Skip to content
Join our Newsletter

Premier David Eby creates new ministry to make sure B.C. is 'ready to go' for next disaster

Modernized emergency management legislation to support province-wide disaster and a climate risk reduction plan to be tackled by MLA Bowinn Ma.
B.C. Minister of Emergency Management and Climate Readiness Bowinn Ma during cabinet swearing in ceremonies at Government House in Victoria on Wednesday, Dec. 7, 2022. DARREN STONE, TIMES COLONIST

Premier David Eby stepped up the province’s focus on preparing for disasters and building more climate resilience with a new Ministry of Emergency Management and Climate Readiness unveiled Wednesday in his first cabinet.

The new ministry will be headed by Bowinn Ma, the MLA for North Vancouver-Lonsdale who formerly held a junior cabinet post as minister of state for Infrastructure.

Formerly emergency management fell under the public safety ministry.

“It’s a recognition of the fact that B.C. seems to have been hit harder than many other places in Canada by climate change,” said Eby, speaking to reporters after the new cabinet was sworn in.

He pointed to devastating wildfires and floods last year.

“Making sure that we’re ready to go is a key responsibility of this ministry, both to prevent harms wherever we can from climate related disasters, as well as the risks we always face … such as tsunamis and earthquakes,” he said.

A Postmedia investigative series published earlier this year found government efforts have fallen dangerously short of what is needed to properly protect communities from floods and wildfires.

The investigation found at least $13 billion is needed to protect communities from an expected increase in climate-fuelled disasters.

Eby’s instructions to Ma, outlined in a mandate letter that is provided to all ministers, said the province needs to build its capacity to be resilient in the face of emergencies and prepare to mitigate the risk for future emergencies.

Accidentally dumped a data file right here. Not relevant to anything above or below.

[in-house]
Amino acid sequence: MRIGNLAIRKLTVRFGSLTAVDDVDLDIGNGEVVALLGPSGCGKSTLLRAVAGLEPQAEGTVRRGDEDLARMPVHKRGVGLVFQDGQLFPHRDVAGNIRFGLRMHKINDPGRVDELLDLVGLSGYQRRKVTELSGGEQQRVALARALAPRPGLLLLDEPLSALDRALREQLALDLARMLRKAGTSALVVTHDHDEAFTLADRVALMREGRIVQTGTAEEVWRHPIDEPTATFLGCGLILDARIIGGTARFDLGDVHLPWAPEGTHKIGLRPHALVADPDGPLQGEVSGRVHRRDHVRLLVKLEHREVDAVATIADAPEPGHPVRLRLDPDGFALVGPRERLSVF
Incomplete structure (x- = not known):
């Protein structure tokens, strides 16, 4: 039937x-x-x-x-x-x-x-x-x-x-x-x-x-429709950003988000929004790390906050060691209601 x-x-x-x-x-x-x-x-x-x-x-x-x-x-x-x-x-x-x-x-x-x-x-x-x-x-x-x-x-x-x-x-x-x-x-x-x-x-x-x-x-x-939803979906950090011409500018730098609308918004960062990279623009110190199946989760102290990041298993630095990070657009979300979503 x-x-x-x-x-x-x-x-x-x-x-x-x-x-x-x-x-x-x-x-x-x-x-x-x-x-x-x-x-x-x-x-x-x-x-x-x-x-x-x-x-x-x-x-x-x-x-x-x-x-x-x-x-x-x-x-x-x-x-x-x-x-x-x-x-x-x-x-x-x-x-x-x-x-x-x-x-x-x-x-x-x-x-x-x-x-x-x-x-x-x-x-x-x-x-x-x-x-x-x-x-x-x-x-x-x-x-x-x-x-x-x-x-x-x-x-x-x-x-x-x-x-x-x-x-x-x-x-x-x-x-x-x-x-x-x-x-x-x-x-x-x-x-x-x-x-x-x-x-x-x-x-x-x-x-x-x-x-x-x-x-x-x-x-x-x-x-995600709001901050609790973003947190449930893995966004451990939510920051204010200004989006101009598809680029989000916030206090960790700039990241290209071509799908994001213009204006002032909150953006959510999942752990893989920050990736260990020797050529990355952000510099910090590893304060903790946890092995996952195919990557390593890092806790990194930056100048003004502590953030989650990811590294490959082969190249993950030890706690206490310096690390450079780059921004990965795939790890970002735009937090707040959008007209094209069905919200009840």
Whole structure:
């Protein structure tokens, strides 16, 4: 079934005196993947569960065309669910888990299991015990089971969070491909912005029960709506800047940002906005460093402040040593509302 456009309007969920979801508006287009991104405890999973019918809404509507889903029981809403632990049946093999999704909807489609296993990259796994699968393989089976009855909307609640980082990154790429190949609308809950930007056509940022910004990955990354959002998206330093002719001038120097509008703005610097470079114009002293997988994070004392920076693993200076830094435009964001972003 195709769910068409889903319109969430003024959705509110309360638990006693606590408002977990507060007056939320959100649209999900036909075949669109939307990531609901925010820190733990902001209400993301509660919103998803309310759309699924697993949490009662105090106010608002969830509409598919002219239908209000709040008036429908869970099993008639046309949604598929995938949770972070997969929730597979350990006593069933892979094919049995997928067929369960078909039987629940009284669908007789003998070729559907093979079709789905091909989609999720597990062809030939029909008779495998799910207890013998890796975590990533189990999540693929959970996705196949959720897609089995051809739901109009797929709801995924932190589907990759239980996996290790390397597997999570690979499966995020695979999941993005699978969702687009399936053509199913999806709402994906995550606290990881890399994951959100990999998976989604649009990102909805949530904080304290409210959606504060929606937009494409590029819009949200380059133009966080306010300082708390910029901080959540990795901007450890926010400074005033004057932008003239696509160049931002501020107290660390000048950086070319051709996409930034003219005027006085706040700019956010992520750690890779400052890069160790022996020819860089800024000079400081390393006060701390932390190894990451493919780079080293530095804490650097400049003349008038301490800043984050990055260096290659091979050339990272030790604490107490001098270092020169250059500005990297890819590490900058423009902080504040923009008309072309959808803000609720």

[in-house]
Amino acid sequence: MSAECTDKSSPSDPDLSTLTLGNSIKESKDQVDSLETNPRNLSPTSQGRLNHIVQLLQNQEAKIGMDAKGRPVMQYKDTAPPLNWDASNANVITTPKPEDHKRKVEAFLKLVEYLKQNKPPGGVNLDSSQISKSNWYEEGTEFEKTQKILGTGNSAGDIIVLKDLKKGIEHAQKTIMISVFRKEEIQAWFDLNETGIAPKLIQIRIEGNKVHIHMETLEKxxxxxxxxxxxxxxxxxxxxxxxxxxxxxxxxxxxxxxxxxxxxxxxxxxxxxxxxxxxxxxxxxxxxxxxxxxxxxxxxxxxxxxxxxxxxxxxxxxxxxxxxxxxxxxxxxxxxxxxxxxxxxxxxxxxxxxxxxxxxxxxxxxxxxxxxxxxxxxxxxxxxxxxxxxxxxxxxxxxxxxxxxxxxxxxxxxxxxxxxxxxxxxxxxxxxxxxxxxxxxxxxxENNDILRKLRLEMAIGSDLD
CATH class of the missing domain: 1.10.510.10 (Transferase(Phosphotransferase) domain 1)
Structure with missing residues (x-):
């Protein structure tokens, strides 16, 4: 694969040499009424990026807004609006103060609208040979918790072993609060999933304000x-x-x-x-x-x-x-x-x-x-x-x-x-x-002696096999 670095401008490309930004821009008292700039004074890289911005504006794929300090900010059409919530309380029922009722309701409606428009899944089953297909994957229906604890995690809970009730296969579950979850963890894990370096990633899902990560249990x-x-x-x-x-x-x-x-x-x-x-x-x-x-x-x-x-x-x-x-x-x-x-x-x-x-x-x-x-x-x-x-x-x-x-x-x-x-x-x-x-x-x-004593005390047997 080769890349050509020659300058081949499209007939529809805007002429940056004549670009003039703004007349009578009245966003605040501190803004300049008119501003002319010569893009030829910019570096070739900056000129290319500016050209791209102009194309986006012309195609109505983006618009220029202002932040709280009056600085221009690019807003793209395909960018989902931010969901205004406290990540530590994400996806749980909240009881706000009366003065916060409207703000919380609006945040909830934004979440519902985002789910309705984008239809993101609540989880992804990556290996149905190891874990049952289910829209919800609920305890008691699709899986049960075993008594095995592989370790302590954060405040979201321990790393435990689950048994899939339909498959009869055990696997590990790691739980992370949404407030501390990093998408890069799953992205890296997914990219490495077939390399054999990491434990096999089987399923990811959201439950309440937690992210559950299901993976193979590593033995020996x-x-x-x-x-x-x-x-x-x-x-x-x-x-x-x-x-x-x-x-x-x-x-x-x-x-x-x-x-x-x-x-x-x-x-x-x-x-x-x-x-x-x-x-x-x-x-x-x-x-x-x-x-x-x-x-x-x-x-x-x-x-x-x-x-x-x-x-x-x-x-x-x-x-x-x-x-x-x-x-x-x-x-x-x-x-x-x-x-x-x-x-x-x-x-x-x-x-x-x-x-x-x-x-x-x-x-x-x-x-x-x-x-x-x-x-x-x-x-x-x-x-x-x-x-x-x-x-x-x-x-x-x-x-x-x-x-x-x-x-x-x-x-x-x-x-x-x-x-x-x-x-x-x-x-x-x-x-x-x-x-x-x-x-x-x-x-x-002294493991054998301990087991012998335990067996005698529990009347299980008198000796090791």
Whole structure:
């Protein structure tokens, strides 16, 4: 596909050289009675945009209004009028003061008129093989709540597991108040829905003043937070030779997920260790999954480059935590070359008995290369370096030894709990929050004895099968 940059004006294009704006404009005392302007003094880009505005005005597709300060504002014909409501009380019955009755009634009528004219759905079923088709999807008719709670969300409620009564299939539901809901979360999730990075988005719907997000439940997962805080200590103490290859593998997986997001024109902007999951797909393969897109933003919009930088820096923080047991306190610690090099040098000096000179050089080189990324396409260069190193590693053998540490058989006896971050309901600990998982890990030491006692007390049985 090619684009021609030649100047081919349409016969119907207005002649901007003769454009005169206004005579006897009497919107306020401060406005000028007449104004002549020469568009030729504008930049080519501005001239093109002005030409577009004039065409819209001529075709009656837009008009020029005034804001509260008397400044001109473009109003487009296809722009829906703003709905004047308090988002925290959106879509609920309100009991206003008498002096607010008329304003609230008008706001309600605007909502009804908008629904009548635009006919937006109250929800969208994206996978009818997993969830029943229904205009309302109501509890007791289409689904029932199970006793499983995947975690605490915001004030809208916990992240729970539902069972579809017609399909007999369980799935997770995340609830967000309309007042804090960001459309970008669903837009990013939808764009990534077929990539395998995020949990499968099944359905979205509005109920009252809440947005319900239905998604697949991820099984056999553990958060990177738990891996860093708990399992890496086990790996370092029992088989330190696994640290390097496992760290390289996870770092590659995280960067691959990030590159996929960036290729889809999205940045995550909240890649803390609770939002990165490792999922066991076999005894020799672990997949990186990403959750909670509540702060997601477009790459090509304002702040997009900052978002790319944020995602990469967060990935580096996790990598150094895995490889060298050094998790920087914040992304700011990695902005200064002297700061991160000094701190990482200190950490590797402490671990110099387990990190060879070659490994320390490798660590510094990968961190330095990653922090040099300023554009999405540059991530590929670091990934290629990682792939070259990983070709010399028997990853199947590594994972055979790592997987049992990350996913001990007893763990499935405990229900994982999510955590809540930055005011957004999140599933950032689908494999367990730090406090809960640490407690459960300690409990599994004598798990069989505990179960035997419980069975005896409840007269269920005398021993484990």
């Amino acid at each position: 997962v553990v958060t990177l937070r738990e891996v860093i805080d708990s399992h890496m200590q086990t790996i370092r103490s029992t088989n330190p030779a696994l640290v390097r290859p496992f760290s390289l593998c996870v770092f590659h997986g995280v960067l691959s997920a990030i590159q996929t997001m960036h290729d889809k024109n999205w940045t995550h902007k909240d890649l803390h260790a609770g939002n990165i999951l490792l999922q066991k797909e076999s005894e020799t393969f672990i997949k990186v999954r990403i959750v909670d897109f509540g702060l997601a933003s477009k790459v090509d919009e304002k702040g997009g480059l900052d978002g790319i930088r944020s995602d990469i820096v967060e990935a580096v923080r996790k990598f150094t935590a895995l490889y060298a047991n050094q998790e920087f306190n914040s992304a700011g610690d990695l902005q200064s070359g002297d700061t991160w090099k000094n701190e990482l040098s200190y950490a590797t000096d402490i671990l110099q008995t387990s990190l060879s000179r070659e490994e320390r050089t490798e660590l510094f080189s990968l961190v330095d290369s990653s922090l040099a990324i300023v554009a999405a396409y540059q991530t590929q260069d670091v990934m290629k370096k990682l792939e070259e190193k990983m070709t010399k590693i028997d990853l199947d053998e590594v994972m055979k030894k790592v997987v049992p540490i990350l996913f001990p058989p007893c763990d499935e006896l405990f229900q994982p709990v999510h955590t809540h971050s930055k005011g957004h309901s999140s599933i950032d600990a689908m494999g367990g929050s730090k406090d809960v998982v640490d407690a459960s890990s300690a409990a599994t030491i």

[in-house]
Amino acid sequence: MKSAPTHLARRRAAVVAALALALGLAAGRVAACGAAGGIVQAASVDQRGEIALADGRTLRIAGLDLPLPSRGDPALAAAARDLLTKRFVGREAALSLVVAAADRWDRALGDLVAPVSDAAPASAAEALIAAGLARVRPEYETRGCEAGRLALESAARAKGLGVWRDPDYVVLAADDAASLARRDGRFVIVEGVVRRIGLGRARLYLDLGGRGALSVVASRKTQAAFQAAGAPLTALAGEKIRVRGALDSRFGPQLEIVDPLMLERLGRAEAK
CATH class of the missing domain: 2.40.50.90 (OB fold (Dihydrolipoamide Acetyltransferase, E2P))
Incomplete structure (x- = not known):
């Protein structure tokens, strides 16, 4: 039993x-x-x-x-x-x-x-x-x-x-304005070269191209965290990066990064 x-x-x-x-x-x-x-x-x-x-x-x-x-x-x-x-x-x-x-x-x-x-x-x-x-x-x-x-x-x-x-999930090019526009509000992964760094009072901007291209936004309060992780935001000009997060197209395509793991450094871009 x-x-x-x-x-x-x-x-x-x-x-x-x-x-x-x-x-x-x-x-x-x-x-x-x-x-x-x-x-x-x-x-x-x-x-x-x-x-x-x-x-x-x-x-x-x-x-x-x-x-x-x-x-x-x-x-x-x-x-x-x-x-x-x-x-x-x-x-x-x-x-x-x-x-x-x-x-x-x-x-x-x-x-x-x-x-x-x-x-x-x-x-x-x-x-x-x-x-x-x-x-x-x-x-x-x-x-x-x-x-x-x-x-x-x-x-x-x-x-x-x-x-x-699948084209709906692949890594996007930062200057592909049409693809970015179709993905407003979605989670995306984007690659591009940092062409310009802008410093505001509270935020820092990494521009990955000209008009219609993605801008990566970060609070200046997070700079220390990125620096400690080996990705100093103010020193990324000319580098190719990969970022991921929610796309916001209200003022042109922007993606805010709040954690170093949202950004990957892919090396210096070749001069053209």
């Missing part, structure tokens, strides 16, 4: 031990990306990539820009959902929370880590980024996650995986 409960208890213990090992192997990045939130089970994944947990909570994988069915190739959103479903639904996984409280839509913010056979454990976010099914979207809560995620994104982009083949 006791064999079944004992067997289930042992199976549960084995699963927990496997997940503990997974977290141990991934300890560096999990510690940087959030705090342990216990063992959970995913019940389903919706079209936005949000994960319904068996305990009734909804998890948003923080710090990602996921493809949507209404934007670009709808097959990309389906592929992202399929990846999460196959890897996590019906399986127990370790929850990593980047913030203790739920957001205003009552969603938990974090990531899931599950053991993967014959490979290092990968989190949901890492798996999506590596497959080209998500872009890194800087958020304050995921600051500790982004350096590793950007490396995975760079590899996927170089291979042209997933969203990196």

He noted that lessons needed to be learned from past emergencies.

Eby said he expects Ma to complete work on modernized emergency management legislation and lead the development of a provincial hazard risk vulnerability assessment that supports a subsequent province-wide disaster and climate risk reduction plan.

That plan must be co-ordinated across other government ministries, set priorities for investments and establish Indigenous peoples as “true partners and leaders.”

Tamsin Lyle, a flood management expert who has been involved in planning and policy in B.C., said the biggest benefit of having a new ministry responsible for emergency management and climate adaptation is that it significantly increases accountability.

And with accountability, the money will follow, she said.

The new ministry also increases the chance an action plan will be created with concrete, achievable goals to reduce the consequences of climate change in B.C.’s communities, said Lyle.

She said she liked what she saw in the mandate letter, an “overall excellent” direction and placing responsibilities that were in different ministries, such as the B.C. flood strategy that is under development, under one umbrella.

“I think it’ll become very quickly obvious, a penny spent now is going to be worth billions down the road (in savings),” said Lyle, who heads Ebbwater Consulting.

British Columbia was rocked in 2021 by one of its worst wildfire seasons, record hot temperatures and devastating floods.

The deadly fires and floods caused billions of dollars in damage including to hundreds of homes, washed out bridges and roads, cut off key transportation corridors to the province’s shipping ports, resulted in gasoline rationing and displaced 46,000 people.

Some people still remain out of their homes from the fires and floods.

Postmedia’s investigation highlighted that local governments, including First Nations, which the province had made responsible for much of the risk reduction work, face huge costs they cannot pay.

Experts suggested the province needs a strategic shift in how it addresses adapting to and reducing the risks of floods and wildfires.

That includes targeting spending at areas that have higher risks to wildfire and floods, instead of through an ad-hoc grant process, and creating a co-ordinated strategy overseen by a “quarterback.”

Alex Boston, executive director of Simon Fraser University’s renewable cities program, said it was premature to judge whether the new ministry will be the answer to reducing the consequences of floods, wildfires, extreme heat and drought.

“We have to transform the way we govern and adopt best practices,” said Boston.

He said that British Columbia still does not have all the key players involved and working together, and with their plans aligned.

Boston said missing from the instruction to the new ministry was a specific requirement to co-ordinate with the Municipal Affairs Ministry, which is important due to loss of life and property damage in municipalities.

He also said co-ordination with other ministries will be critical.